I suddenly lost my glasses one day. I knew they were sitting on my nose hooking up on my both ears until just a while ago. Suddenly they disappeared, and I forgot where I kept them or what I did to them.
I searched them everywhere. All the places where I possibly might have placed them. On the table, under the table, in the book rack, on the book rack, on the pillow, in bed, … I felt sweaty on my forehead, and I was breathless.
I was getting late for college. The first period would start at 6.10 am. It was already 6.15 am, and I was still looking for my spectacles.
“Oh, my God!” I thought, “What to do now?”
It would be challenging for me to go to college and take classes without my glasses of minus 1.5 on both eyes. Without them, I would have only a blurred vision of things and would not correctly figure them out. I could see the people, but I couldn’t identify their faces. That would turn me into the famous character “Keshavraj” of “Doshi Chasma,” The Faulty Spectacles, a famous short story by B.P. Koirala, a profound writer and politician of Nepal.
By now, I had already been too late for the first block lecture in the college. It was already 6.20 am. The students, especially the noisy and rowdy ones, might have already been to the Principal’s office demanding for the reason of my absence. Some of the students, usually lauder for other things but their academics, always find a teacher’s absence an excellent reason to come out of the classroom and go to the Principal’s to take revenge against him.
In a few minutes, the Principal might phone me, and I would have no explanation on why I had been late.
I discovered the fact that I wasn’t wearing my spectacles while I was hurriedly biking to college. I had made almost half the distance to the college. Reaching at the bridge of Khetikhola River, I suddenly came to remember that I forgot to put my glasses on.
I knew it was because of the myopia I was suffering from; I could not see anything clearly without wearing the glasses.
Looked at the watch. It was already 6.05 am. It was a relaxing time to make my way to the college if not had to go back home to find them. The first block bell would go after five minutes, but Hell to my oblivion! I don’t have my glasses on my eyes. Now, I would have to go back home to find them.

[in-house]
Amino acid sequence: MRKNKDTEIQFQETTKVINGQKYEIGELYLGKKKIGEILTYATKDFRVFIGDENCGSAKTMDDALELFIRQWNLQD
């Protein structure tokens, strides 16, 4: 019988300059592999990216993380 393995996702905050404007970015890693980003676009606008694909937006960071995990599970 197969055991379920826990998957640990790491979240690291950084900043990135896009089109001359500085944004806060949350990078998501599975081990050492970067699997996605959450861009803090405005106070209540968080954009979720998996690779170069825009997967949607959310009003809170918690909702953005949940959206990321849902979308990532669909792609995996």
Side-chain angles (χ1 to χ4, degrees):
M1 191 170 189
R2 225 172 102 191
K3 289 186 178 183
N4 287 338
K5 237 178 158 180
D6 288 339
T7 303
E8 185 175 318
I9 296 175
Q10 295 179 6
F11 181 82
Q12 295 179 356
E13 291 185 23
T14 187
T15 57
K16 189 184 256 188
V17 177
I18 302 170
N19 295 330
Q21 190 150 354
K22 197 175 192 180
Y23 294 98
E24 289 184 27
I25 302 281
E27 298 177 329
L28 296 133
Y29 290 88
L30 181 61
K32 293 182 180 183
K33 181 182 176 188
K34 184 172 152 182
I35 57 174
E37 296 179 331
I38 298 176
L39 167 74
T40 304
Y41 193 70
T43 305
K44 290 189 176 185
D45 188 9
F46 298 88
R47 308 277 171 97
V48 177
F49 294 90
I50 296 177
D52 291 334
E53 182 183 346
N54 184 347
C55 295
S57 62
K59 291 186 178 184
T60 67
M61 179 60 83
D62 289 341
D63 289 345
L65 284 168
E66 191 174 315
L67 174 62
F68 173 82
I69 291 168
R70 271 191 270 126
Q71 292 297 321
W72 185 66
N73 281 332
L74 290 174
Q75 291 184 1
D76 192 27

What a misfortune! I was going to be unpunctual today.
I stopped my bicycle and turned back home, paddling faster than ever. When I got home, the clock showed 6:20. I was sure the first-period bell rang by this time, and students were already bunching at the door, looking at my way, maybe questing why I was not showing up yet. I would make them upset for sure because I was still in my room searching for my spectacles.
I had searched them everywhere; I might have possibly kept them in. Hurriedly, I turned over the things that might have possibly covered them. All my efforts were gone in vain. My spectacles had vanished beyond my reach.
“Where have they been lost after all?” I thought in despair.
Now, I felt my body had been hot and sweaty. My forehead was covered with salty drops of sweat. I was totally at a loss what to do now.
Finally, after almost five minutes of silence with pain and anger, I decided to go to college without glasses. So, I went to the mirror to make my hair and wipe the sweat droplets up from my forehead.
Lo and behold! The spectacles were there on my nose! I was wearing them in front of my eyes as usual! OH MY GOD! What a forgetful person I had been that day!
I had returned home from halfway to college just because of the lost glasses. I had realized it as I had not been able to see things clearly and had thought it was because of my myopic vision. I was missing them for such a long time without feeling that they were standing on my nose. What a nincompoop I had been!
I got angry with myself for my idiocy. Eventually, I reached college. Luckily, the Principal was absent that day. Some students were standing in front of the classroom and talking. Others were making noise inside by yelling at each other. Other teachers were taking their classes.
There were just five minutes for the second-period bell to go. So, I sat on the office sofa calmly and waited for it.
I kept laughing at myself the whole day.
The writer Parshu Shrestha (1981), a lecturer of English language and literature and a creative writer, lives in Itahari, Nepal.